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JEFFERSON CITY, Mo. — Missouri Gov. Mike Parson has ordered people to keep away from gatherings of 10 or more and announced schools should remain temporarily closed in an announcement on March 21.

Until now, Parson had left the choice up to individual counties, saying that local municipalities would know what is best for its residents.

All 555 Missouri school districts had already voluntarily stopped in-class instruction for the time being. This order would make sure they stay closed until at least April 6.

Parson elaborated on social gatherings of 10, saying they were defined as “every plan or spontaneous event or meeting that would bring together more than 10 people in a single space at a given time.”

In a statement, the governor’s office said the order does not prohibit people from visiting a variety of places, including grocery stores, gas stations, parks, and banks, so long as necessary precautions are taken and maintained to reduce the transmission of COVID-19.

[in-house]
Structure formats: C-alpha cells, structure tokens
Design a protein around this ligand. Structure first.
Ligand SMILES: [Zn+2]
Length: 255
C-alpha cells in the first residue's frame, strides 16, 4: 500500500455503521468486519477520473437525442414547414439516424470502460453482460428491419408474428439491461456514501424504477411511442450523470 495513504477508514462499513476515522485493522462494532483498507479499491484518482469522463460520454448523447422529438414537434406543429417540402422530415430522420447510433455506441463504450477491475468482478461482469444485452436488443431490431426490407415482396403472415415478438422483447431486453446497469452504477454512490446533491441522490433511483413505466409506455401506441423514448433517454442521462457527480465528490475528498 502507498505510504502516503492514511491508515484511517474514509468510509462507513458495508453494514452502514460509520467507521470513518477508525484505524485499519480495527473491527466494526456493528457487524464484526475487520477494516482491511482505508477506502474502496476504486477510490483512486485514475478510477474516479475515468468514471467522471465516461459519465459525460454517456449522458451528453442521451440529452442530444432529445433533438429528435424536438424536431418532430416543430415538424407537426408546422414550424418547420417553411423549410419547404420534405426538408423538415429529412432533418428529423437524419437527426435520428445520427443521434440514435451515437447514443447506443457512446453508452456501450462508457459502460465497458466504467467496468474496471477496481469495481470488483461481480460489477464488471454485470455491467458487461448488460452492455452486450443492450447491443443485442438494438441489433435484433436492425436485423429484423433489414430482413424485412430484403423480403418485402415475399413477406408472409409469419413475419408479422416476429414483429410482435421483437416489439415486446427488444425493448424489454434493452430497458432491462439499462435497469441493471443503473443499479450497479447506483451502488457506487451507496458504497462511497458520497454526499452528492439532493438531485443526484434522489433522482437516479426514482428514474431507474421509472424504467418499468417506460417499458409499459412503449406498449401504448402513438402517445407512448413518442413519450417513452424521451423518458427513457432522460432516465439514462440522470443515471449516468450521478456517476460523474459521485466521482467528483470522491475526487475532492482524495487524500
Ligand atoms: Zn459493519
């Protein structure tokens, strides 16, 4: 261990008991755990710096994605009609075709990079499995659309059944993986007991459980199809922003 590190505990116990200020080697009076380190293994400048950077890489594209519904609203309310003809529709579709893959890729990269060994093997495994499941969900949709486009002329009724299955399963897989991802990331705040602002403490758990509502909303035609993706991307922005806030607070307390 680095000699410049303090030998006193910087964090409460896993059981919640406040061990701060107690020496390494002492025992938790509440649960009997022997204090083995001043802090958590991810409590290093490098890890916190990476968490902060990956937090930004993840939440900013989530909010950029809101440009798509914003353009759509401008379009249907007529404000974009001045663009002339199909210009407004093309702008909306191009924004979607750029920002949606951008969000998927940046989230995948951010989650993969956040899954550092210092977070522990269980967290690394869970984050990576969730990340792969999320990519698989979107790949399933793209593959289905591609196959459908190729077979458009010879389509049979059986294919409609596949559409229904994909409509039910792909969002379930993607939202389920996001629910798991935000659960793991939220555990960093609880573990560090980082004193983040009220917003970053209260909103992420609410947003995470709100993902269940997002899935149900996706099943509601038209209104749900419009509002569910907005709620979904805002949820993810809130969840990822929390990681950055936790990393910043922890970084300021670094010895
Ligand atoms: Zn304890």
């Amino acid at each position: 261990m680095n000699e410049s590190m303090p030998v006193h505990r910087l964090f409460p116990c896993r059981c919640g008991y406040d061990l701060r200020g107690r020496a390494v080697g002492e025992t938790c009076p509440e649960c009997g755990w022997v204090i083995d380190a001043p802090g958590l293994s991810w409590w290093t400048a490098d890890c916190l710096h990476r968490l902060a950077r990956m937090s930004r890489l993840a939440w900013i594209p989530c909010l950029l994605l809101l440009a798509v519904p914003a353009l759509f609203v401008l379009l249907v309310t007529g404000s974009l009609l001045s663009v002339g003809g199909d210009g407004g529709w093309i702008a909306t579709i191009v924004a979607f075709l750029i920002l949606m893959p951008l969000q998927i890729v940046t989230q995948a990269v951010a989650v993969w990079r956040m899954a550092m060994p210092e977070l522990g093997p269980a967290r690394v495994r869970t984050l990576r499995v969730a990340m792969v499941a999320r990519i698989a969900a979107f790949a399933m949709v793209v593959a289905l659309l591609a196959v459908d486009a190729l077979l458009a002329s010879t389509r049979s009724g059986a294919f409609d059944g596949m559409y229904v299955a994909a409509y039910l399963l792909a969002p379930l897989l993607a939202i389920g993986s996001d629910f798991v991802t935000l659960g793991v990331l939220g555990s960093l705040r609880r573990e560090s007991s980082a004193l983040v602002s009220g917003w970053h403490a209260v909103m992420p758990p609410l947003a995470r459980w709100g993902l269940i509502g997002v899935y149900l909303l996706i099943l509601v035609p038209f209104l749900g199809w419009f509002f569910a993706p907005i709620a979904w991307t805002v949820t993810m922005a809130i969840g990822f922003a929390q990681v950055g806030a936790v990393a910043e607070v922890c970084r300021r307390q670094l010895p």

However, the order banned “eating or drinking at restaurants, bars, or food courts” in-house for the entire state.

“These numbers are going to go up,” Parson said. “This order is intended to keep Missourians safe and healthy…It’s important to abide by these rules that we’re making.”

He also said people will not be able to visit people in nursing homes and assisted living facilities while the order is in effect, unless they are providing essential services. If anyone has a question about if they are allowed in a facility, they should contact that facility before going there.

Licensed daycares will be allowed to remain open. Officials said the Department of Health and Senior Services has created a program to help take care of young children. Learn more from the department’s website, here.

On churches, nothing has been announced yet. However, Parson said he will be talking with leaders to consider how churches can be part of the solution and how religious leaders can alter their services.

Parson originally announced he would be limiting gatherings on March 20.

St. Louis has taken precautions a step further, announcing a “stay-at-home” order to begin on Monday. The order follows several other states who have also implemented the order.

Parson said Illinois’ decision to order a shelter-in-place has not affected his decisions or actions.